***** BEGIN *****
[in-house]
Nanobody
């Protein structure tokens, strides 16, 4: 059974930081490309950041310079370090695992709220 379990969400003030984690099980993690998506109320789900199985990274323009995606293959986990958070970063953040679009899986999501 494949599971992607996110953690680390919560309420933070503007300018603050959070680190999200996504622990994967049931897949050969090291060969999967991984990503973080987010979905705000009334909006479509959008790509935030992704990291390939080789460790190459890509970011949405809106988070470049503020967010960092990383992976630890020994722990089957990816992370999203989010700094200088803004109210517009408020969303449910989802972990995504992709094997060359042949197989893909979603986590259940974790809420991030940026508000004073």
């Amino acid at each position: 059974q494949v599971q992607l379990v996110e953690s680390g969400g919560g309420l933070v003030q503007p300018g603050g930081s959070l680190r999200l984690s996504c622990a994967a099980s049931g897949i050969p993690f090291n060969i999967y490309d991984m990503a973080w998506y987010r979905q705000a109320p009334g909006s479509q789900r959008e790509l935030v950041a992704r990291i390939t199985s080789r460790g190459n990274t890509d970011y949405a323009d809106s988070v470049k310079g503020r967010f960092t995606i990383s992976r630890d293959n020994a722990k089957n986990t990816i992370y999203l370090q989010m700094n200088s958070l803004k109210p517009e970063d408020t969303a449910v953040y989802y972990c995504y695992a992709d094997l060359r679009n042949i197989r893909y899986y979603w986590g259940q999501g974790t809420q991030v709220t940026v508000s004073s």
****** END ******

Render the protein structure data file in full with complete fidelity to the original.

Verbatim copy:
[in-house]
Nanobody
């Protein structure tokens, strides 16, 4: 059974930081490309950041310079370090695992709220 379990969400003030984690099980993690998506109320789900199985990274323009995606293959986990958070970063953040679009899986999501 494949599971992607996110953690680390919560309420933070503007300018603050959070680190999200996504622990994967049931897949050969090291060969999967991984990503973080987010979905705000009334909006479509959008790509935030992704990291390939080789460790190459890509970011949405809106988070470049503020967010960092990383992976630890020994722990089957990816992370999203989010700094200088803004109210517009408020969303449910989802972990995504992709094997060359042949197989893909979603986590259940974790809420991030940026508000004073």
């Amino acid at each position: 059974q494949v599971q992607l379990v996110e953690s680390g969400g919560g309420l933070v003030q503007p300018g603050g930081s959070l680190r999200l984690s996504c622990a994967a099980s049931g897949i050969p993690f090291n060969i999967y490309d991984m990503a973080w998506y987010r979905q705000a109320p009334g909006s479509q789900r959008e790509l935030v950041a992704r990291i390939t199985s080789r460790g190459n990274t890509d970011y949405a323009d809106s988070v470049k310079g503020r967010f960092t995606i990383s992976r630890d293959n020994a722990k089957n986990t990816i992370y999203l370090q989010m700094n200088s958070l803004k109210p517009e970063d408020t969303a449910v953040y989802y972990c995504y695992a992709d094997l060359r679009n042949i197989r893909y899986y979603w986590g259940q999501g974790t809420q991030v709220t940026v508000s004073s």